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which its own holds out. The instances cause so truly in the spirit of the Goswhich we now most cheerfully record pel, but in some instances from the inimpress themselves in gratitude upon ability which the times have produced, our hearts.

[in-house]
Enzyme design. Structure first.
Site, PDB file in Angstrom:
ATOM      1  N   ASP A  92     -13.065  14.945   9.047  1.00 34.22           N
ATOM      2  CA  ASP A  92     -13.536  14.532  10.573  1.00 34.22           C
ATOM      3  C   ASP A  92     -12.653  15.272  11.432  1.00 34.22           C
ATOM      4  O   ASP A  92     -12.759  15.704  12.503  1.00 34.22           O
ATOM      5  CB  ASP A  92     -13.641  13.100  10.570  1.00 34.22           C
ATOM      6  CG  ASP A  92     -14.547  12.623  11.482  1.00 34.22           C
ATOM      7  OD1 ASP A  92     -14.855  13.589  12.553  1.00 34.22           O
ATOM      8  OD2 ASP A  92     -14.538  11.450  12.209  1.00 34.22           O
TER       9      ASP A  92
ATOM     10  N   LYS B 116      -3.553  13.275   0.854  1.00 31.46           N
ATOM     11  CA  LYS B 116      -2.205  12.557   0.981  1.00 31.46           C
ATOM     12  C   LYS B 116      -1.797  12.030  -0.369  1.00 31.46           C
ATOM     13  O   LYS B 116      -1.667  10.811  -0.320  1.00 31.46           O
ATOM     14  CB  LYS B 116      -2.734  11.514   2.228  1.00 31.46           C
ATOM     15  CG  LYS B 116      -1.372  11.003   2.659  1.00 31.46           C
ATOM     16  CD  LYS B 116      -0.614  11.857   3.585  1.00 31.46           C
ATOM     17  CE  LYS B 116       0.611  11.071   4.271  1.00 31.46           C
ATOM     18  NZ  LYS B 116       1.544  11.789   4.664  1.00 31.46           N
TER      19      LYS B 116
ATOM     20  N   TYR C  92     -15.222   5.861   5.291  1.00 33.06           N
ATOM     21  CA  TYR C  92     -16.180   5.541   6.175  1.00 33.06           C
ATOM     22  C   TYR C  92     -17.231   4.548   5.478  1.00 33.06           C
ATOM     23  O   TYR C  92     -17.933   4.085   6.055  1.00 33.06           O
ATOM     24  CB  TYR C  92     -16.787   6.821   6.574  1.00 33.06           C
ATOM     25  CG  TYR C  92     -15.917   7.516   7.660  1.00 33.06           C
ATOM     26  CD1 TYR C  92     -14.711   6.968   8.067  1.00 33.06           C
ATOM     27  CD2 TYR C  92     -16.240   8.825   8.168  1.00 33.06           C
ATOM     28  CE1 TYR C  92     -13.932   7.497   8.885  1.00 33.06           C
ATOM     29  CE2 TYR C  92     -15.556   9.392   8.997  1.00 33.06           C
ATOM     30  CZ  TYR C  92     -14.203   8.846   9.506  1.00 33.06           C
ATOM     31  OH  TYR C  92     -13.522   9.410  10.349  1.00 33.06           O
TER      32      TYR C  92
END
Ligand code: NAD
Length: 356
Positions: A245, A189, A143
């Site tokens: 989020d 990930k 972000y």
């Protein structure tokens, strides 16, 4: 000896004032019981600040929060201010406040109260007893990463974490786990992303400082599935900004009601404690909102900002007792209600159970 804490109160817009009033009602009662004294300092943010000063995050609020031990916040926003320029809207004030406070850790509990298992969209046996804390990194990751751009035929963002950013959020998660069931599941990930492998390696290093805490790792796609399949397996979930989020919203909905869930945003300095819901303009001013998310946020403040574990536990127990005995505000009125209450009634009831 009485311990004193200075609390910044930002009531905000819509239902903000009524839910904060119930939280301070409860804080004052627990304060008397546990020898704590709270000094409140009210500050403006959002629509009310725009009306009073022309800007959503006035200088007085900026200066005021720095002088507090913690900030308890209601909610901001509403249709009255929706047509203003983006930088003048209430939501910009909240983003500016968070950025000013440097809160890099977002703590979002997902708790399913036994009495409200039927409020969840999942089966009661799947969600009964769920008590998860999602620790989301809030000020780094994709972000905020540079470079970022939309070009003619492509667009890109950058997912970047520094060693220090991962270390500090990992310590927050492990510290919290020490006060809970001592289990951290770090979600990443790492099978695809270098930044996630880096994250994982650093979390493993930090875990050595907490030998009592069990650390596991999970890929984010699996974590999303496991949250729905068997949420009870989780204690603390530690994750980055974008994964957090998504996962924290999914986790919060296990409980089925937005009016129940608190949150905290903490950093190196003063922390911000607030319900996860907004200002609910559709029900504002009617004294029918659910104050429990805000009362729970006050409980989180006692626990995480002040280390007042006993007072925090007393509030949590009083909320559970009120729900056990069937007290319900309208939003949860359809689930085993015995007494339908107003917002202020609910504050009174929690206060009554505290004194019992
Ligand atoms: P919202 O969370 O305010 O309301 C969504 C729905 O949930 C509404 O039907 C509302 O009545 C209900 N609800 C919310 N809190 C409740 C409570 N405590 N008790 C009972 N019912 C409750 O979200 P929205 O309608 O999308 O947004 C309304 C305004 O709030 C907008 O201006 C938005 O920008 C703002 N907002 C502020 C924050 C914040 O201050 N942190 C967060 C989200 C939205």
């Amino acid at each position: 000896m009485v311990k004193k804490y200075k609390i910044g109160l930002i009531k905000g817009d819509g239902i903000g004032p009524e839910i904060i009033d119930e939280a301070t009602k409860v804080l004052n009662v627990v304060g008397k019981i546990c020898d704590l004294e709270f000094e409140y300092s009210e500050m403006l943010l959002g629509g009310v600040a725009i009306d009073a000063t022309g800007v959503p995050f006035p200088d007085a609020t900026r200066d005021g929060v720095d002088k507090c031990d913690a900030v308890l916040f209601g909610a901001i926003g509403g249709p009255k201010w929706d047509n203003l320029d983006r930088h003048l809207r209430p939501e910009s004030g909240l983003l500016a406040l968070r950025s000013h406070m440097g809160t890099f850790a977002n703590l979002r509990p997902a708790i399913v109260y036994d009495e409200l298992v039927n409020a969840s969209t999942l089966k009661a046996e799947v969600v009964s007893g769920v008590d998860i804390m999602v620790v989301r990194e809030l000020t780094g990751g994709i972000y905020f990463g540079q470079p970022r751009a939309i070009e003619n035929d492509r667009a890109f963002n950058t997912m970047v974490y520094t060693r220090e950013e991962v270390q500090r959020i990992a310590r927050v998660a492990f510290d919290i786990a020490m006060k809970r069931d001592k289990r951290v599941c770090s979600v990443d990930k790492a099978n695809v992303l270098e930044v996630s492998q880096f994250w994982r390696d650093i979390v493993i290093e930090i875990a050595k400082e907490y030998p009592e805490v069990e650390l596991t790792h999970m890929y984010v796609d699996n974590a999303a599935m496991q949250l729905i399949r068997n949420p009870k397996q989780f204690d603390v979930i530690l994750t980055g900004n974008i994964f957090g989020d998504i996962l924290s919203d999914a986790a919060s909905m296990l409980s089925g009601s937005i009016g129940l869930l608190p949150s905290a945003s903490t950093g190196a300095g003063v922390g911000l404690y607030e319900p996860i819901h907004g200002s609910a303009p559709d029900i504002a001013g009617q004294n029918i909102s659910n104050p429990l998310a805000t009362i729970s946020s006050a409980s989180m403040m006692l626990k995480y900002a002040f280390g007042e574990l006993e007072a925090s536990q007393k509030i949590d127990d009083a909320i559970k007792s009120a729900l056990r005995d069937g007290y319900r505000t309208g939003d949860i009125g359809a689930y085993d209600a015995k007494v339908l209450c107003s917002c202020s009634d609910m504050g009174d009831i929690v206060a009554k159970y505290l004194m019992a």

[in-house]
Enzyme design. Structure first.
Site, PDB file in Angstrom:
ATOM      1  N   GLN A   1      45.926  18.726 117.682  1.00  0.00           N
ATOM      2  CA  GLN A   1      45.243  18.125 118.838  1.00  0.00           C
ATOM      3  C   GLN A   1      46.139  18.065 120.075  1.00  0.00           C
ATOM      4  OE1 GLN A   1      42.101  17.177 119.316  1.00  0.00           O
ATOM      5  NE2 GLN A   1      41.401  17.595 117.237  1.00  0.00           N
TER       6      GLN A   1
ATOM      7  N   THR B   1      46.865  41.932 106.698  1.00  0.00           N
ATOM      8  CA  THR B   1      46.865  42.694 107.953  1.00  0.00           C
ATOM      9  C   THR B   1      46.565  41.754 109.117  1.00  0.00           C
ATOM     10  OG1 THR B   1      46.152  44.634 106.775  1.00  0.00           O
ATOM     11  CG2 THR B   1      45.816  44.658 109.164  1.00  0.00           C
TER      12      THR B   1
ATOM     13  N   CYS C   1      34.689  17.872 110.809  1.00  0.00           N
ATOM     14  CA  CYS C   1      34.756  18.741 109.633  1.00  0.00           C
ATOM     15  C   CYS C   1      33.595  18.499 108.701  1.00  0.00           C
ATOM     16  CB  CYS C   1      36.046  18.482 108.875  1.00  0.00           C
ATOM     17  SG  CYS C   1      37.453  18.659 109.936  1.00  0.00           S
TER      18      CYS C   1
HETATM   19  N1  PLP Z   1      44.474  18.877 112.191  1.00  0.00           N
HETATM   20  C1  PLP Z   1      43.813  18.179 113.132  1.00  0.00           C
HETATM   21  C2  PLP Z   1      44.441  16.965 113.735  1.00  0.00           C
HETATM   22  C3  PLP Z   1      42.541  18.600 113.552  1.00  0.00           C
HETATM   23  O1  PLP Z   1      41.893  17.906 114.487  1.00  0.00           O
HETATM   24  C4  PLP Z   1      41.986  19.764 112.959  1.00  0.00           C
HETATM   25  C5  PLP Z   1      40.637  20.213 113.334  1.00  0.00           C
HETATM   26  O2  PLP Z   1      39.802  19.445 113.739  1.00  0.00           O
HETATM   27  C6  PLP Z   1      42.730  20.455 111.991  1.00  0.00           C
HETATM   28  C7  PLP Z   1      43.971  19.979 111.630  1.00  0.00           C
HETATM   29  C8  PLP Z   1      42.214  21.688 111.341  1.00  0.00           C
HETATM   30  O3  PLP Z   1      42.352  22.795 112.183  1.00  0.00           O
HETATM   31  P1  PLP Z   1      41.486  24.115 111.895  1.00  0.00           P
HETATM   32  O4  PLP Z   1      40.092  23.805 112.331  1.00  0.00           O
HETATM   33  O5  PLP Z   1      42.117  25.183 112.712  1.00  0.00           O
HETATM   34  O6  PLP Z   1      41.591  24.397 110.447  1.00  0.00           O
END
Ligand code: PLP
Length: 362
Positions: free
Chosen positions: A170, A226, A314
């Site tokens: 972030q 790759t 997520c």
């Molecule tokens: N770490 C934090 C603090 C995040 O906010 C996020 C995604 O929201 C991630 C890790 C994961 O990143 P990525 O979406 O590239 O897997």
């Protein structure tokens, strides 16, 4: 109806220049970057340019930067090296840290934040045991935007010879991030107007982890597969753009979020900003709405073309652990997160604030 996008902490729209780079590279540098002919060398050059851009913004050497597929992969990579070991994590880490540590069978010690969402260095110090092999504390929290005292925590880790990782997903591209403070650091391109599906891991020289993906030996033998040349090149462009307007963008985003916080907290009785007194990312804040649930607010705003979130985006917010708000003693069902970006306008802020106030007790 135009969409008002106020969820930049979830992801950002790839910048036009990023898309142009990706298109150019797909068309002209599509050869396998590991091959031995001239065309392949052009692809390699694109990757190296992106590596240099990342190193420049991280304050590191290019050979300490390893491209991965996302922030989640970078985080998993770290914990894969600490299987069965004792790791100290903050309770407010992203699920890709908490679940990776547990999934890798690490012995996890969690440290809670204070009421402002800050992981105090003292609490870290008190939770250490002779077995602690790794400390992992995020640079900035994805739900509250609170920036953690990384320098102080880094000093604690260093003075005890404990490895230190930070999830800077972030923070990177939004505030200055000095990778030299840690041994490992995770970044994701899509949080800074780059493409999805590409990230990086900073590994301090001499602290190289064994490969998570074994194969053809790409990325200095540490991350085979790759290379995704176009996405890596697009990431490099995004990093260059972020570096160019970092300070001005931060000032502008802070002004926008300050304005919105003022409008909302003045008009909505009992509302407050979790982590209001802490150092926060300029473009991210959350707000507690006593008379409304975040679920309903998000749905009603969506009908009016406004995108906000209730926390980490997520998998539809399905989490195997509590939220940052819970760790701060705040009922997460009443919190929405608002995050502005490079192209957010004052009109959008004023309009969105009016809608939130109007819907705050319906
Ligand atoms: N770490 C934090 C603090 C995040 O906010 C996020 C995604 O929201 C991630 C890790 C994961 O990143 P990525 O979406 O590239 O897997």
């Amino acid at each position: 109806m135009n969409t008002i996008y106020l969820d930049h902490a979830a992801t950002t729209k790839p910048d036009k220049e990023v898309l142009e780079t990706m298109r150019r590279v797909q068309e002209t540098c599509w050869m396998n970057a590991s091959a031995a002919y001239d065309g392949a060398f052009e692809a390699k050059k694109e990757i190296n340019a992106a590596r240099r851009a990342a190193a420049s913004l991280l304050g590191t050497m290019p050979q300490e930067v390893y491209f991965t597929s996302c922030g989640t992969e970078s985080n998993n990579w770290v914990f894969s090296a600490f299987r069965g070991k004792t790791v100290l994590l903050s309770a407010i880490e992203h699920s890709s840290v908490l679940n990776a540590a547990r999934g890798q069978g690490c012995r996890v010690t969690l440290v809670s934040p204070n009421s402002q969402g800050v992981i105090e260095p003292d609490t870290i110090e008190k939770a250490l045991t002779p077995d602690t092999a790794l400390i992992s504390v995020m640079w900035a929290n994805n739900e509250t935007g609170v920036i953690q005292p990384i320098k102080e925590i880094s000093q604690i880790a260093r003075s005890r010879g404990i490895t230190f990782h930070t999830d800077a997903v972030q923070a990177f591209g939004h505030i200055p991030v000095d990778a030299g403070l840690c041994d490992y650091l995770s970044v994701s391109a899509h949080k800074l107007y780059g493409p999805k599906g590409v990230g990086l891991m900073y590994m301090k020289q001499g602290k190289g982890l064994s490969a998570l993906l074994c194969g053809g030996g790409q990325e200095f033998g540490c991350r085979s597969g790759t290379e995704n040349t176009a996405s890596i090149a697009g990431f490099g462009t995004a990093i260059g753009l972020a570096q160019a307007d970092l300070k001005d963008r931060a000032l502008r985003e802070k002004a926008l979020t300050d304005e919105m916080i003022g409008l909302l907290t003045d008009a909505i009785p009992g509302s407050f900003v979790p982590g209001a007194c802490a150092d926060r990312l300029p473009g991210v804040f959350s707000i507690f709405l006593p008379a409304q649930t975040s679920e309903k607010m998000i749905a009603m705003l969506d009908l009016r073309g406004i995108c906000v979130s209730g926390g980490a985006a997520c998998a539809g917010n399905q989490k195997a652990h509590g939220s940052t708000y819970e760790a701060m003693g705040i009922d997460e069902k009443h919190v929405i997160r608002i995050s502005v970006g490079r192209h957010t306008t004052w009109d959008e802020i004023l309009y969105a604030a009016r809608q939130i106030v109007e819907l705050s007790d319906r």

Would that the same and in others from an unwillingness to genuine spirit of Christianity might be troubled with matters comparatively pervade every parish in our diocess; small and unimportant. While we do and that the universal approbation they justice to the motives of the former of are calculated to excite, might evince these classes, we would urge upon the itself; not in word only, but also in latter the reflection, which cannot be deed! Would that the eloquence of too often inculcated, that the acknowthese examples, more powerful than ledged and indispensable benefit of the any arguments which we can address, fund we have raised, is the result of might be effectual in bringing forward many small, and, of themselves, insuch friends to our cause, and such al- considerable contributions, scarcely if lies to our institution, as our renewed at all felt by most of those from whom appeals have failed to excite!-They they are derived, but constituting in speak to the public spirited and the the aggregate a rich stream of extended pious of every congregation, and call blessing. upon them, as they admire so pure an It ought also to be recollected by all exercise of benevolence, or appreciate who aid in charities like this, that, from its tendency, to “go and do likewise.” the smallness of the subscription a large Though their contributions may be part is often absorbed in the collection, small, yet will they refresh and animate which might be applied to the object in us by the spirit from which they pro- view, if paid directly to the treasurer; ceed.-We cannot forbear again to call and also that the expense of collection the attention of Episcopalians to our is increased by the difficulties which are former circulars on this subject; and often thrown in its way. The offering again to appeal to those numerous con which we make is one of principle, of gregations who have not yet united with conscience, and of free will not of us in this earnest object of our wishes: necessity. That contribution which nor will we despair of their aid, while is given with reluctance, extends a we have any confidence in their love to dampening influence, perhaps more God, or their regard for the eternal than equivalent to the benefit of the welfare of men.